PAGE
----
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Designs for the new Desiro City train chosen for Thameslink were started back in early 2007. Siemens’ SF7000 bogie is a complex assembly consisting of highly reliable components and subsystems already used in Siemens’ bogies in both the UK and international markets. The SF7000 is a lighter weight bogie optimised to meet the performance specification and functionality of the UK rail network and the requirements of the Thameslink route. The SF7000 will now start testing at both the Graz plant and at Siemens unique Wildenrath test centre in Germany, where it will run on dedicated tracks night and day accumulating one million miles of operation before passenger services commence.
The Graz facility is the world's biggest research, development and production centre for bogies. The factory produced the highly reliable Siemens Desiro UK bogies which were designed, manufactured and tested within two years, incorporating many proven features of comparable bogie applications from the international market. Popular Desiro UK trains now operate widely across the United Kingdom and the fleet’s bogies have clocked up over two billion miles of operational service.
Steve Scrimshaw, managing director of Siemens Rail Systems in the UK and North West Europe, said: “This is an important landmark for the Desiro City train and the Thameslink project. The SF7000 bogie is an evolution of the current Desiro UK bogie used on over 350 Desiro UK trains. Siemens committed to manufacturing the first bogie for Thameslink trains by the end of 2011 and this has been successfully achieved. We continue to make good progress on all aspects of the Thameslink project and look forward to reaching contractual and financial close early in 2012.
Modern infrastructure operators and train operating companies demand the incorporation of the latest innovation based on proven technologies into bogie design. This has driven all manufacturers to use modern design and manufacturing techniques to develop bogies with significant reductions in weight. The SF7000 bogie has a welded bogie frame produced using state-of-the art robotic welding technology. The bogie’s lighter weight combined with other features contribute to reduced whole life, whole system costs and improved running behaviour for operators, including less track damage.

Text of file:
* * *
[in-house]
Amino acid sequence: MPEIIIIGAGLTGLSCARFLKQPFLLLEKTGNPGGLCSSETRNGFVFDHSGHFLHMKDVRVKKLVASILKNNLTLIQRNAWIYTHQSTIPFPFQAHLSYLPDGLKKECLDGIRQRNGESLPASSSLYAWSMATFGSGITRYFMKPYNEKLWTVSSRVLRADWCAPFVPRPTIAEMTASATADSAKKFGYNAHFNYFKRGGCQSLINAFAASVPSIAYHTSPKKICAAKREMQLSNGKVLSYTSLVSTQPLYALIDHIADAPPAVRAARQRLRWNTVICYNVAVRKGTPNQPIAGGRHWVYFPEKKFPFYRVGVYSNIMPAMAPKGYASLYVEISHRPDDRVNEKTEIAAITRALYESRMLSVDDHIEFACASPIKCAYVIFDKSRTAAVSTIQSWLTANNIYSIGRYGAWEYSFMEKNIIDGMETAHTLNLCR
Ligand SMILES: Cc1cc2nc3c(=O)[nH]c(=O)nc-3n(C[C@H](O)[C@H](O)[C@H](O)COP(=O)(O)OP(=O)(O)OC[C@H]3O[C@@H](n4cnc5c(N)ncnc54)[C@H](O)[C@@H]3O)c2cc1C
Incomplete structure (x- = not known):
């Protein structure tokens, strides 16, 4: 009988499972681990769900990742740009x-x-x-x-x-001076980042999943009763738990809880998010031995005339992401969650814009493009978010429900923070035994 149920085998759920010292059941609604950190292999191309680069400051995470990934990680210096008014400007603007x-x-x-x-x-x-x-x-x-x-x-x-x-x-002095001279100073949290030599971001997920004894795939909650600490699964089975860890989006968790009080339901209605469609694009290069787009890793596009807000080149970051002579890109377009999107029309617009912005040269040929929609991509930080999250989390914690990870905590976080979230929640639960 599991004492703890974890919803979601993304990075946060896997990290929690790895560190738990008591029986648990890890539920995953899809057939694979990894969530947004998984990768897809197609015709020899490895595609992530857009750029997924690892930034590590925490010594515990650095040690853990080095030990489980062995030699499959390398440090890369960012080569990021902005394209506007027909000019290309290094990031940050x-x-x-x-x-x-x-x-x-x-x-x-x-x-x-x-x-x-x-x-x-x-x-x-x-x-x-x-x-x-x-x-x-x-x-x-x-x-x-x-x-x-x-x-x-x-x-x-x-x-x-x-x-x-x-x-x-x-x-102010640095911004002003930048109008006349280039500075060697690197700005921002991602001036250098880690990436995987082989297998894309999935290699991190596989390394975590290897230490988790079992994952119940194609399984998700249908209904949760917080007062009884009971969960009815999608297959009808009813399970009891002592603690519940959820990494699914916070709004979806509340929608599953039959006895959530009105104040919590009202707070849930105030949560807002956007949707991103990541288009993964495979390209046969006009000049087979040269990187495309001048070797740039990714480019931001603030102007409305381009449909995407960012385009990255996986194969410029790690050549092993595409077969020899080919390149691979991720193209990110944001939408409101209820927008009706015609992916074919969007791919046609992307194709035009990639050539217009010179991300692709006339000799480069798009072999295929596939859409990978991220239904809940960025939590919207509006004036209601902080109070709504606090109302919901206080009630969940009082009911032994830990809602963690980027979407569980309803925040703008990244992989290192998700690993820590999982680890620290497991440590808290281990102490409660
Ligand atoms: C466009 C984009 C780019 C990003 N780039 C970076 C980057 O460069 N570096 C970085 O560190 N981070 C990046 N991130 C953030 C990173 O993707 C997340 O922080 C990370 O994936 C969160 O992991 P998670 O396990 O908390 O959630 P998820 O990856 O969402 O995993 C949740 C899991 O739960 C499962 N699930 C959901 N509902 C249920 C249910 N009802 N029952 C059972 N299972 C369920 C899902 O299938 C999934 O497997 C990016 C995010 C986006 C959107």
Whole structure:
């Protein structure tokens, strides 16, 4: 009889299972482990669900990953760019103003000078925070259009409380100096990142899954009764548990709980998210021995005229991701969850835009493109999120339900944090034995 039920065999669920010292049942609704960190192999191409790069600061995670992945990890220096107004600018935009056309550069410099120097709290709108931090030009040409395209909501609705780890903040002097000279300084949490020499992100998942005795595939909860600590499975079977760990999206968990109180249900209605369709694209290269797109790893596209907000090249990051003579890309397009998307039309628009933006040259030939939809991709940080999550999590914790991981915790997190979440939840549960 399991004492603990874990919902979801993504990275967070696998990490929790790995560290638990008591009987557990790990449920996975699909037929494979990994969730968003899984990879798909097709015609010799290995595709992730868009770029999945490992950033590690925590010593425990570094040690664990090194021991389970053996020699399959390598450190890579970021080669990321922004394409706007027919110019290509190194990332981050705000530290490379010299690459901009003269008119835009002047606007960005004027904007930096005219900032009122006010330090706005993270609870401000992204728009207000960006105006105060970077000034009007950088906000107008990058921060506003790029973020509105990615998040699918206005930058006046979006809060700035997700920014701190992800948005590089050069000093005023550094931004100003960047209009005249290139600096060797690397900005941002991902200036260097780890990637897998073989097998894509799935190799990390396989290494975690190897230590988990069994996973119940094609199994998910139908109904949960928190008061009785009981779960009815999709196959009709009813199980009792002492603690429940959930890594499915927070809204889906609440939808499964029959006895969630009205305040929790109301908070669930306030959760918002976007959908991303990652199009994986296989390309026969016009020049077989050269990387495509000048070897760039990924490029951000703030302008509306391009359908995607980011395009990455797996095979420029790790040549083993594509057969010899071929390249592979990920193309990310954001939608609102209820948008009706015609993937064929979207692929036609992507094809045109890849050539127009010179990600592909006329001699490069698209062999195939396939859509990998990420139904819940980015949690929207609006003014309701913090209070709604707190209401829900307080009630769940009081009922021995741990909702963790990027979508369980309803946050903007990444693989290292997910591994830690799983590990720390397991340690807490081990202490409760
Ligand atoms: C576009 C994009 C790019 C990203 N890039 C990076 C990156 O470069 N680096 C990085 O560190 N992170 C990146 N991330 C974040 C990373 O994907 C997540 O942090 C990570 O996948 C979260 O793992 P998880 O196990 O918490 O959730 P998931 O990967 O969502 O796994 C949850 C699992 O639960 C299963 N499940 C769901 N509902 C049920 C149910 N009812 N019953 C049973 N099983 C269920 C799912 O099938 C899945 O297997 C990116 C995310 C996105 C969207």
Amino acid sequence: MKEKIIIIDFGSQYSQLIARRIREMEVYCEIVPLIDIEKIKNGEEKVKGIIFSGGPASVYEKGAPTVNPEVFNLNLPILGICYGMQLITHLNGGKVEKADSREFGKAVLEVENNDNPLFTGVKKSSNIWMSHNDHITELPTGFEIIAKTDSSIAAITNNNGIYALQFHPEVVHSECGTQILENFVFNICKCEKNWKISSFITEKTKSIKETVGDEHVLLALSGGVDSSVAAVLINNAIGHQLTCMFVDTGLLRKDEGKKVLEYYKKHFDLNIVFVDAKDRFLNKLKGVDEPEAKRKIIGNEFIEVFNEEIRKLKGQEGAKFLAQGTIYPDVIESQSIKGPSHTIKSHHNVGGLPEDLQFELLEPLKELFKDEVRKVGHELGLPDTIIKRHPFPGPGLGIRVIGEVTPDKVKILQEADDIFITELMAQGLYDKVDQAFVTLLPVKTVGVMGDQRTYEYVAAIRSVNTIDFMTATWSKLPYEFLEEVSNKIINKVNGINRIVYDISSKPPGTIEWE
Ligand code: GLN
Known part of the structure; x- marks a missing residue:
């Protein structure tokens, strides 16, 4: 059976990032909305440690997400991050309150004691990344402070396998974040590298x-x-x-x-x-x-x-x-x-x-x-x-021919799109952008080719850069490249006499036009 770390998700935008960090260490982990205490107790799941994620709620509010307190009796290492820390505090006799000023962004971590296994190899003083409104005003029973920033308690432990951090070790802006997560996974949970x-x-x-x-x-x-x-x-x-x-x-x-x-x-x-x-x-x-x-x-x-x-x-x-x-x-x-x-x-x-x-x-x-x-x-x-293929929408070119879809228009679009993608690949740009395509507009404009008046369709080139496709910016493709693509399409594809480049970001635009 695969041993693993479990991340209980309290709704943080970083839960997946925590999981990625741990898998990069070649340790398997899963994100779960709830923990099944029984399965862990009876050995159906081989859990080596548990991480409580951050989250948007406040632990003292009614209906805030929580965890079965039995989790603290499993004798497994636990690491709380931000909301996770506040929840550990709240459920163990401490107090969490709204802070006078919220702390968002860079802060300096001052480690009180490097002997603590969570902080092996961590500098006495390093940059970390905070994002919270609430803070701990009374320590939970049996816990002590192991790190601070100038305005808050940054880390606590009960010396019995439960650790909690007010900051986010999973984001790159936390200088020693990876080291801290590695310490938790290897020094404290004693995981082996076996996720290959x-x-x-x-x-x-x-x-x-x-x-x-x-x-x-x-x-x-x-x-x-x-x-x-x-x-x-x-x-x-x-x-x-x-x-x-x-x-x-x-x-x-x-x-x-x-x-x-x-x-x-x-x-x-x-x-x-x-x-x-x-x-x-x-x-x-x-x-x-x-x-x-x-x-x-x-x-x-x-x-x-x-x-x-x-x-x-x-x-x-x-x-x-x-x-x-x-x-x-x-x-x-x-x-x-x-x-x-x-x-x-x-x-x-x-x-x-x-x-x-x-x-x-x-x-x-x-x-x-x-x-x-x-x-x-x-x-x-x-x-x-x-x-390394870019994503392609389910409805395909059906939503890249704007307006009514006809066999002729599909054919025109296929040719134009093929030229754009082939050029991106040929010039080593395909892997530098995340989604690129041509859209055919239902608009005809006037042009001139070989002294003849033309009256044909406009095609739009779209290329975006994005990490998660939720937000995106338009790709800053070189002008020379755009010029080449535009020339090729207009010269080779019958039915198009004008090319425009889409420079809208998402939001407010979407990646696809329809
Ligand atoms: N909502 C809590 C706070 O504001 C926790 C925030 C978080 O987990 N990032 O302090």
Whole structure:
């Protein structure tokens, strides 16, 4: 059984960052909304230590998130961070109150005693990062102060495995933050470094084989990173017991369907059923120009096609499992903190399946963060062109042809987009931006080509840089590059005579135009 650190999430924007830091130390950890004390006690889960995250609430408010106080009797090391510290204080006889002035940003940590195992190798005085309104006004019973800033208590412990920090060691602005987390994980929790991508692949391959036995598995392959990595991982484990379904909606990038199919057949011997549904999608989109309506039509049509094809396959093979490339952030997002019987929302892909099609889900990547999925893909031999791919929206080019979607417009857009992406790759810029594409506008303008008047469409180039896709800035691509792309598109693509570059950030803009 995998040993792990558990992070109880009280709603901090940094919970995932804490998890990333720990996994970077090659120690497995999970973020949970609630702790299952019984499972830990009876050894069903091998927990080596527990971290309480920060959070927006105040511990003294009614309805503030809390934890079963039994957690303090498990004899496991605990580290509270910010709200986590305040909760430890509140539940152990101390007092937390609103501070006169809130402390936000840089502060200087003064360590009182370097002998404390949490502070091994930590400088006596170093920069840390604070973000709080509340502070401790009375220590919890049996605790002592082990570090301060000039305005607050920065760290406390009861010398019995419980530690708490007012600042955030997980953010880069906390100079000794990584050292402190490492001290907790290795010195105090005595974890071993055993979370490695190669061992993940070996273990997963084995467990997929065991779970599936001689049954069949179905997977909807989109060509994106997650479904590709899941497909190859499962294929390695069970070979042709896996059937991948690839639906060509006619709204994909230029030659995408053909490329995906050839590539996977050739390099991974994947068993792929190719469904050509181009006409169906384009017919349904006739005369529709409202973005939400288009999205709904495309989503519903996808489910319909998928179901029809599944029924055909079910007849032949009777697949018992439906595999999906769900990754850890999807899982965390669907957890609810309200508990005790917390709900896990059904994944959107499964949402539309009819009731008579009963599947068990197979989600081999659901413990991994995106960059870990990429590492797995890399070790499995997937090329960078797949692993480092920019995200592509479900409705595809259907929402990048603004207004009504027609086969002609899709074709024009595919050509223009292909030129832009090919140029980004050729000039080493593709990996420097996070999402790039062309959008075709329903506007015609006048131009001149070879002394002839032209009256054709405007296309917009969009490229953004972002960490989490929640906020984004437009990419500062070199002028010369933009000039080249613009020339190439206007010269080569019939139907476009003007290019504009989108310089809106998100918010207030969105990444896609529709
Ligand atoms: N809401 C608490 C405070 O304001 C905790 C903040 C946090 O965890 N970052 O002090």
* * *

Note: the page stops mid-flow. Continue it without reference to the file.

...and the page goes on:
At Graz Siemens makes bogies for metros, tram cars, multiple units, high-speed trains and locomotives for markets all over the world. Since 1995, Siemens has built and delivered 33,500 bogies for its customers worldwide. Siemens has invested in the establishment of its own wheelset facility at Graz allowing the company to source axles, wheels, brake disks and other components from various suppliers and assemble the wheelsets itself, rather than relying on the supply chain.
Notes to editors:
Siemens was established in the United Kingdom 169 years ago and now employs 12,972 people in the UK. Last year’s revenues were £4.4 billion*. As a leading global engineering and technology services company, Siemens provides innovative solutions to help tackle the world’s major challenges, across the key sectors of energy, industry, infrastructure & cities and healthcare. Siemens has offices and factories throughout the UK, with its headquarters in Frimley, Surrey. The company’s global headquarters is in Munich, Germany. For more information, visit www.siemens.co.uk
* Data includes intercompany revenue. Data may not be comparable with revenue reported in annual or interim reports.
As part of the Siemens Infrastructure & Cities Sector, Siemens Rail Systems Division provides expertise and technology in the full range of rail vehicles – from heavy rail to metros to trams and light-rail vehicles. In the UK, the Division employs around 650 people and maintains over 350 Siemens passenger trains for First TransPennine Express, South West Trains, Heathrow Express, National Express East Anglia, Northern Rail, London Midland and ScotRail.
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 While the term 'bogies' is frequently used broadly, bogies are complex assemblies consisting of many subsystems including: running gear; wheel set guidance and primary suspension; bogie frame; secondary suspension; tractive force transfer: bogie - car body interface; traction motor drive; bogie-mounted brake equipment; piping and cabling and additional equipment.